Internal vs. External Motivation

Practitioners of the Raise Responsibility System (Roman Numeral III of the Discipline Without Stress Teaching Model) understand that the only part of the system students need to understand are the four levels of personal and social development. Lower levels A and B are unacceptable, whereas the higher levels C and D are both acceptable. Also, the significant difference between level C and level D is in the motivation. The motivation for level C is “EXternal,” whereas the motivation for level D is “INternal.”

Two examples I use in my seminars are (1) asking a teenager at home to make the bed before going to school and (2) asking a student in a classroom to pick up the trash.

In the home example, if the teenager knew the standard orexpectation of the home and would have made the bed without being asked, the behavior would be the same as when being asked. In each situation, the bed would have been made before going to school.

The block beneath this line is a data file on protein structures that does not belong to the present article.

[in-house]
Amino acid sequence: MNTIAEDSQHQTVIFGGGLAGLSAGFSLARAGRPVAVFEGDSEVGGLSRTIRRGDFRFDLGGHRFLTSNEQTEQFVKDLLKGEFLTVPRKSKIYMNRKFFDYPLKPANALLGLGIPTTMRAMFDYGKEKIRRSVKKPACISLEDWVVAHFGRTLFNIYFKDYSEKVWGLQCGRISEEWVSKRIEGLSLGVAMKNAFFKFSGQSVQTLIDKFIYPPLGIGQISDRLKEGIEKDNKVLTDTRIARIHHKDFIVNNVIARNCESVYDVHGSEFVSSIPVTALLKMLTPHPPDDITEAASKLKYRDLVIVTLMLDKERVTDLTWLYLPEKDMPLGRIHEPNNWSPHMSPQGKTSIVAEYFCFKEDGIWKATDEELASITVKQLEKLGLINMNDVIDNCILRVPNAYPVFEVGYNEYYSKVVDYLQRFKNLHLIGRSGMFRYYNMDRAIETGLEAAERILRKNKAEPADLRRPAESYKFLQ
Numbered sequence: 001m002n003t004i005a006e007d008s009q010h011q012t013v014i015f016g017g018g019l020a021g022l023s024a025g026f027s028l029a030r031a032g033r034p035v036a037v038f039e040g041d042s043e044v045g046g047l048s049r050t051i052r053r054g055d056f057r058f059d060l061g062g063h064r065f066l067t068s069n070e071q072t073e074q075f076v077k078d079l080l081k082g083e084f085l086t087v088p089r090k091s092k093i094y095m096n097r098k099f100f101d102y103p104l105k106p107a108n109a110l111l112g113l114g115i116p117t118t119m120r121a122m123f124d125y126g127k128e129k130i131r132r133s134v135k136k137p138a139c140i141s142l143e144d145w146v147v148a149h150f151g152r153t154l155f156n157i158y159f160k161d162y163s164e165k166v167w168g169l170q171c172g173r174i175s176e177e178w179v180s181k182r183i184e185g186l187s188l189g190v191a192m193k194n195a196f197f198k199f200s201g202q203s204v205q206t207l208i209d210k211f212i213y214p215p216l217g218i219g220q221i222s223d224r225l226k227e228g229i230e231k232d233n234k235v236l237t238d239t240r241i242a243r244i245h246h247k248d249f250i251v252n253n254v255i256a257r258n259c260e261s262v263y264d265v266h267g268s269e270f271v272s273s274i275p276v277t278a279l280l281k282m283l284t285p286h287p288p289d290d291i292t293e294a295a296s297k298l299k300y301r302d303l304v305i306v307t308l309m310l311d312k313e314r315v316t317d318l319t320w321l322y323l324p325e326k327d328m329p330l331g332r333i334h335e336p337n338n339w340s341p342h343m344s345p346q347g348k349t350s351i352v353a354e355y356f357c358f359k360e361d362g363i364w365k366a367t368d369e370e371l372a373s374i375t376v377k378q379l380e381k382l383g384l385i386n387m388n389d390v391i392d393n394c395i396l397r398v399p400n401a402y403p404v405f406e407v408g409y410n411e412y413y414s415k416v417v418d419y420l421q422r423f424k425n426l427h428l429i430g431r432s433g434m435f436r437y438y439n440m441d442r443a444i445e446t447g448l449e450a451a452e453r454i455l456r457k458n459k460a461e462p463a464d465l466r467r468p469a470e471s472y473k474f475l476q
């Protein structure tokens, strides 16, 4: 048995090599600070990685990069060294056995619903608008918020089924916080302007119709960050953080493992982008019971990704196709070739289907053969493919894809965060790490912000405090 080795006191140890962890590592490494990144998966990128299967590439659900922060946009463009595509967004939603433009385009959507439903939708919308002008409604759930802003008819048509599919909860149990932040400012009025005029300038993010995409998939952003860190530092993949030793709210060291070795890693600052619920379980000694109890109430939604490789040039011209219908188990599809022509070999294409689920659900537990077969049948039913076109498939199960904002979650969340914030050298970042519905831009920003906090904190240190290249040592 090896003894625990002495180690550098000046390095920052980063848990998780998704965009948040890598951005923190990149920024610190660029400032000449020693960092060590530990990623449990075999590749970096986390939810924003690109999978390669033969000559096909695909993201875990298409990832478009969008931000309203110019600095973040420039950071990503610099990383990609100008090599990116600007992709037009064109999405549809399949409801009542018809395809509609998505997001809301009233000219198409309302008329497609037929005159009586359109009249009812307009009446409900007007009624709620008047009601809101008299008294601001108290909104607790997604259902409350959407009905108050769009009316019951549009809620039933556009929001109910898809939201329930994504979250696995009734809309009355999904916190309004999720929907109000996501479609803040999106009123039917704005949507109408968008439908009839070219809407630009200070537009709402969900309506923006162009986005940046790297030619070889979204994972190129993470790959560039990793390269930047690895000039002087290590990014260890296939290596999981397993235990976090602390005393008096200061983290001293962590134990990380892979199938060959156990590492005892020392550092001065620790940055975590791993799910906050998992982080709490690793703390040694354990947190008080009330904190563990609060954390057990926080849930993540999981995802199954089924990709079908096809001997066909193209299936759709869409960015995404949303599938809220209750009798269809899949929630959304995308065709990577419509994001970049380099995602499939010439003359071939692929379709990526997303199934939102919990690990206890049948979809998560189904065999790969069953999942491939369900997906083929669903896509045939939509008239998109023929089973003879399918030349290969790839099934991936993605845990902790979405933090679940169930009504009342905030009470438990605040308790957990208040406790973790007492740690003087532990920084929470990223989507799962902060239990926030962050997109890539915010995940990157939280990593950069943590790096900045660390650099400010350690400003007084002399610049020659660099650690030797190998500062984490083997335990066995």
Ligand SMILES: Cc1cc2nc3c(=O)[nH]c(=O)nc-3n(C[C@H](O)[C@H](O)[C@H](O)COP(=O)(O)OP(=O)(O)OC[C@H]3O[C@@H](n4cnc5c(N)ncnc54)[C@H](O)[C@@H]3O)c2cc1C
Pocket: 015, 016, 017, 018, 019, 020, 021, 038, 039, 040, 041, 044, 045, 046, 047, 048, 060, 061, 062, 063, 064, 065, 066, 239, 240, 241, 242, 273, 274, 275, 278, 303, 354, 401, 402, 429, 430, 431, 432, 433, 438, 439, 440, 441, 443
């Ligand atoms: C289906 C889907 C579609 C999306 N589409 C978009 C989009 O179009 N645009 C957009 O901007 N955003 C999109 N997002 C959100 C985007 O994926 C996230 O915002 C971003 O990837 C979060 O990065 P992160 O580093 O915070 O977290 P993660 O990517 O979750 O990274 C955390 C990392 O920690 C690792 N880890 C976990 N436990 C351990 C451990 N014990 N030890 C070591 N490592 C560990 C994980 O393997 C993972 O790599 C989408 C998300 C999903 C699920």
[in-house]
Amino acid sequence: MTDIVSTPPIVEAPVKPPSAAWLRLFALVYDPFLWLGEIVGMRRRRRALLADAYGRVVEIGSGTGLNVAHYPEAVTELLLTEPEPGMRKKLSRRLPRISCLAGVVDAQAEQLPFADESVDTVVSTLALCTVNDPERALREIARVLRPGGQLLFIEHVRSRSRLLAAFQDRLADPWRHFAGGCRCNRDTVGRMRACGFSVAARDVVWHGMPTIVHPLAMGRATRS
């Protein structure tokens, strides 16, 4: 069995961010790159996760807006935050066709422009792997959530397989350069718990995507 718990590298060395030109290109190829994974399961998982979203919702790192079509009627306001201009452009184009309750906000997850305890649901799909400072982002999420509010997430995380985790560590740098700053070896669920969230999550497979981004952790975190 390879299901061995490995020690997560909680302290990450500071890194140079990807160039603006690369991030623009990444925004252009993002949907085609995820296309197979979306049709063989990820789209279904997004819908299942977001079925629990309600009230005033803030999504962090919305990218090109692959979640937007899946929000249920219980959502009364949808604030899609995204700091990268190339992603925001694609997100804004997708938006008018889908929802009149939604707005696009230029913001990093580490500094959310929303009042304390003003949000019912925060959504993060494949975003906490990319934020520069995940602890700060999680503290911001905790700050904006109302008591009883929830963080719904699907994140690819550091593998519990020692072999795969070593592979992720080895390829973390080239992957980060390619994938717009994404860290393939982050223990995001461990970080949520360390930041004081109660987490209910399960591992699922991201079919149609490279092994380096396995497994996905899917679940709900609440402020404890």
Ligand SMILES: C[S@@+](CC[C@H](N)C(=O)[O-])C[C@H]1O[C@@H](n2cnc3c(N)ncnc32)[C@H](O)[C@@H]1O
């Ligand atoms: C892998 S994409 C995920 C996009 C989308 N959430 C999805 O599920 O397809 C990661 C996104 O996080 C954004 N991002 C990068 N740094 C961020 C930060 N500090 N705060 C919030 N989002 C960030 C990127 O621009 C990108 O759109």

Similarly in the school example, if the student would have taken the initiative to pick up the trash—without first being asked—the trash would have been picked up. The behavior would have been the same.

The difference between these two acceptable levels is in the motivation—not necessarily in the behavior. This is important to remember because the levels are most effectively used when reference is made to the difference between levels C and D, rather than between these two acceptable levels and the lower two unacceptable levels.

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